A graceful bedtime story celebrates the beauty found in night... Srinivasan’s picture-book debut beckons readers to follow this curiously adorable creature through the sky... Hold on to Little Owl’s tail feathers and soar.

With a soothing prose and crisply-drawn animals that beam beneath milky stars, Little Owl’s Night is a lullaby of a book that transforms the dark of night into a gentle, whimsical world in which a child can feel both curious and comfortable.

Wonderful in every sense.
September 8, 2011 By Pops
This book is a treasure! Children will love the characters, the story and the breathtaking illustrations. The style is unlike anything else I've seen, yet it somehow feels familiar at the same time. The story is fun and accessible without being overly simple; there's no baby talk in this book. It's beautiful and poetic, and combined with those adorable animals makes for a unique and memorable reading experience with your child. Wait until you see the bats! I don't know why we haven't seen any other books from this author before, but I'm keeping my fingers crossed that there are more to come. The children's book world needs more stuff like this! I've already given several copies as gifts, and the response has been overwhelmingly positive -- from kids and parents alike. Everyone is captivated from the first page. Trust me. Get this book. Get several copies. You'll thank me later.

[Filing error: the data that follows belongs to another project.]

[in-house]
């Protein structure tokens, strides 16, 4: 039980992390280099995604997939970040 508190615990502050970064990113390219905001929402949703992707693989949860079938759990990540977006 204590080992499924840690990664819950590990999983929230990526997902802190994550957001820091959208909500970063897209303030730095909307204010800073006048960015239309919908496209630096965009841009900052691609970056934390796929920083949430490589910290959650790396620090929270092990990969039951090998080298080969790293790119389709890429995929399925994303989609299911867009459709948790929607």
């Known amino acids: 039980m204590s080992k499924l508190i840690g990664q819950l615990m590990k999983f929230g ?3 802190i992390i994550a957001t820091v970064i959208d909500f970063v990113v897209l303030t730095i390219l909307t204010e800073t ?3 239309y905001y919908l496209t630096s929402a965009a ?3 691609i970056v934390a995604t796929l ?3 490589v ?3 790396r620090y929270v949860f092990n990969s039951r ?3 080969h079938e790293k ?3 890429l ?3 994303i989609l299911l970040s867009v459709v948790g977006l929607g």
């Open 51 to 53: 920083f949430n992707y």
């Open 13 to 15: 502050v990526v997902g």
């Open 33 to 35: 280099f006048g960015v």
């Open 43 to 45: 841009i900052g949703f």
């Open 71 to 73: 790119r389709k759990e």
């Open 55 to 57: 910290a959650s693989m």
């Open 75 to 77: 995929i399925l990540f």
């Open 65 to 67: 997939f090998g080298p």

Not Afraid of the Dark
September 5, 2011 By Isolate Lakes (Brooklyn, NY)
Beautiful and surprising illustrations--it's a treat to turn the page, both for my 2 year-old daughter and for me. Our daughter is just beginning to be afraid of the dark, but this book makes the nighttime inviting--it's bringing her around!

Love Little Owl!
September 4, 2011, By Kate Adams (Chicago, IL)
My son and I just read this book for the first time last night at bedtime-We love it! He is a 2.5 year old nature lover - we live in the city so this sweet (and BEAUTIFULLY illustrated) book is perfect for his adoration of all things plant and animal- I especially love the ending about the moonflower and morning glories... so gentle and well written and the characters already feel like old friends.

What a beautiful story!
September 2, 2011 By EbSruk
This book has been in our house for about 48 hours and it has already been read at least 15 times. The story is heartwarming and the illustrations are beautiful. My two year old loves identifying all of the different animals throughout the story. I can barely read the last page before he flips back to the beginning of the book crying out, `whooo, whoooo'.

Fantastic book!
September 2, 2011 By Buzz
Little Owl's Night is a beautiful book: great art, lovely story. Not only did my 3 1/2-year-old boy enjoy the story, it got him thinking about night animals vs. day animals, and he has been asking a lot of questions. If you've got some answers then you've got a poetic *and* educational book! Highly recommended!


copyright Divya Srinivasan